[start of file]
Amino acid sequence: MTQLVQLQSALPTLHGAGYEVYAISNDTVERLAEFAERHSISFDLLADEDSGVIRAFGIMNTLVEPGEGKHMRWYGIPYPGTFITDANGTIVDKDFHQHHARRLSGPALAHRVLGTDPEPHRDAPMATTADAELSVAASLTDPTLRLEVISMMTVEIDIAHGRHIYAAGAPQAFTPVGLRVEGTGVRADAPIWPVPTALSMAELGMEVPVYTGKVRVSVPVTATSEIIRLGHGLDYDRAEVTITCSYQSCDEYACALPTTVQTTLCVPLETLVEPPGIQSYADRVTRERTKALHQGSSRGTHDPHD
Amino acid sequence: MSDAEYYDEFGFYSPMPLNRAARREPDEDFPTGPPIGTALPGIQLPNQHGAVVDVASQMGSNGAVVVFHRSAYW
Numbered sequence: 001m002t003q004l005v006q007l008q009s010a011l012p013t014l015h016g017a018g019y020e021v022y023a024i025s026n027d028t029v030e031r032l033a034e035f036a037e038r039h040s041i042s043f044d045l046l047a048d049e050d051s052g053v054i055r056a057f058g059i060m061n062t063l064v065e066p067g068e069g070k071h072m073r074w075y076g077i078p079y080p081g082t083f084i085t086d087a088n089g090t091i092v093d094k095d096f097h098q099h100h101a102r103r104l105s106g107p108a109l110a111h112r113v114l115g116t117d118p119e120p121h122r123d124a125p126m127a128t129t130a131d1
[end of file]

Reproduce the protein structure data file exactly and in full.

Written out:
Amino acid sequence: MTQLVQLQSALPTLHGAGYEVYAISNDTVERLAEFAERHSISFDLLADEDSGVIRAFGIMNTLVEPGEGKHMRWYGIPYPGTFITDANGTIVDKDFHQHHARRLSGPALAHRVLGTDPEPHRDAPMATTADAELSVAASLTDPTLRLEVISMMTVEIDIAHGRHIYAAGAPQAFTPVGLRVEGTGVRADAPIWPVPTALSMAELGMEVPVYTGKVRVSVPVTATSEIIRLGHGLDYDRAEVTITCSYQSCDEYACALPTTVQTTLCVPLETLVEPPGIQSYADRVTRERTKALHQGSSRGTHDPHD
Amino acid sequence: MSDAEYYDEFGFYSPMPLNRAARREPDEDFPTGPPIGTALPGIQLPNQHGAVVDVASQMGSNGAVVVFHRSAYW
Numbered sequence: 001m002t003q004l005v006q007l008q009s010a011l012p013t014l015h016g017a018g019y020e021v022y023a024i025s026n027d028t029v030e031r032l033a034e035f036a037e038r039h040s041i042s043f044d045l046l047a048d049e050d051s052g053v054i055r056a057f058g059i060m061n062t063l064v065e066p067g068e069g070k071h072m073r074w075y076g077i078p079y080p081g082t083f084i085t086d087a088n089g090t091i092v093d094k095d096f097h098q099h100h101a102r103r104l105s106g107p108a109l110a111h112r113v114l115g116t117d118p119e120p121h122r123d124a125p126m127a128t129t130a131d1